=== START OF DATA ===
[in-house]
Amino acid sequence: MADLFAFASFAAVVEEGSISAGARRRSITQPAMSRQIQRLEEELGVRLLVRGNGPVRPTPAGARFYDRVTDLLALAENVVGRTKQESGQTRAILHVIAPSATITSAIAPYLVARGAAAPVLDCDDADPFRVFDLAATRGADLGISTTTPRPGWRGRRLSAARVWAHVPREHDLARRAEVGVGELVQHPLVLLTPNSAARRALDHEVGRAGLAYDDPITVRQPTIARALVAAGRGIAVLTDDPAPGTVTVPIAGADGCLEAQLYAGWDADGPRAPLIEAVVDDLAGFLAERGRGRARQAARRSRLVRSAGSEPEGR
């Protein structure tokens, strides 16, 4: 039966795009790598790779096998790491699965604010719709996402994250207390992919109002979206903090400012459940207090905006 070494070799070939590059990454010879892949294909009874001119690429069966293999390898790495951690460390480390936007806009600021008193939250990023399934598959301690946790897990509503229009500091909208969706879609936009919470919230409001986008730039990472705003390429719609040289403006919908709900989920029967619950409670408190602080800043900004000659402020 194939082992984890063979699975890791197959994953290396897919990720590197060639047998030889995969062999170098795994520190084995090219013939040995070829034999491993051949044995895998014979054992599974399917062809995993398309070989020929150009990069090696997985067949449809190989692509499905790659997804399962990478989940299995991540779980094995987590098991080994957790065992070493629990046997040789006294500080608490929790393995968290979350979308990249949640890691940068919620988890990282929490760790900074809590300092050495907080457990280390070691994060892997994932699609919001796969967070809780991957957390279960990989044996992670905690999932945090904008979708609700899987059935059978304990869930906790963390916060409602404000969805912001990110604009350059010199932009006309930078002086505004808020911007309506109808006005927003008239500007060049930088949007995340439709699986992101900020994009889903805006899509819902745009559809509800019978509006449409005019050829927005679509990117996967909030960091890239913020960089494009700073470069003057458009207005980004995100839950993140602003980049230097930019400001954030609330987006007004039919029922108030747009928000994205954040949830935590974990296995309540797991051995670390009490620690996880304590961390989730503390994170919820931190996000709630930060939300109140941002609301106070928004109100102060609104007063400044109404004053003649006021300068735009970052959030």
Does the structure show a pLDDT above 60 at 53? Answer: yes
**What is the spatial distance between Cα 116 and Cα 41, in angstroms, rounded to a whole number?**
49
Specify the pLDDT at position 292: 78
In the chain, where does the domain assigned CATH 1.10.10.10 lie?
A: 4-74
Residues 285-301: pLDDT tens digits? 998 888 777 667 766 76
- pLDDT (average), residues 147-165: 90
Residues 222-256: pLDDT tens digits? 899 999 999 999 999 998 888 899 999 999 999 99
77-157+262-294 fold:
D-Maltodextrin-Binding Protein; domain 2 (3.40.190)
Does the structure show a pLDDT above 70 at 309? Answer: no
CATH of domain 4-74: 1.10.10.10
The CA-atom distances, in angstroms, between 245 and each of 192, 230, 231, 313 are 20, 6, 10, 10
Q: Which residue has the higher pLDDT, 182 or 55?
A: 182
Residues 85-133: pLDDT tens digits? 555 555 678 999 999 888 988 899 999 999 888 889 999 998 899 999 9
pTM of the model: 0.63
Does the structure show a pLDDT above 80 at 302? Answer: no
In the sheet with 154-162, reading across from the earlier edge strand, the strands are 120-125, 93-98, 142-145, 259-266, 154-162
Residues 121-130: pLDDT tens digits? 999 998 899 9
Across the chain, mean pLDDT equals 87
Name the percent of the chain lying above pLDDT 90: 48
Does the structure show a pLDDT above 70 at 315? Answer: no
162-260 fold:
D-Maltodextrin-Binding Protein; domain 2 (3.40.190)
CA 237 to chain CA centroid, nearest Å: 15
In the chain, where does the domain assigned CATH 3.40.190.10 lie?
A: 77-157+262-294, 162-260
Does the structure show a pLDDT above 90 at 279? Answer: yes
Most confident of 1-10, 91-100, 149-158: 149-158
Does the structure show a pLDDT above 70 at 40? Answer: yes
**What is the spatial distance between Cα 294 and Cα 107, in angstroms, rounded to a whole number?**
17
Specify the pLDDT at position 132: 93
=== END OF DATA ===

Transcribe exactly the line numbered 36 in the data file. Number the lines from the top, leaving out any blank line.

**What is the spatial distance between Cα 294 and Cα 107, in angstroms, rounded to a whole number?**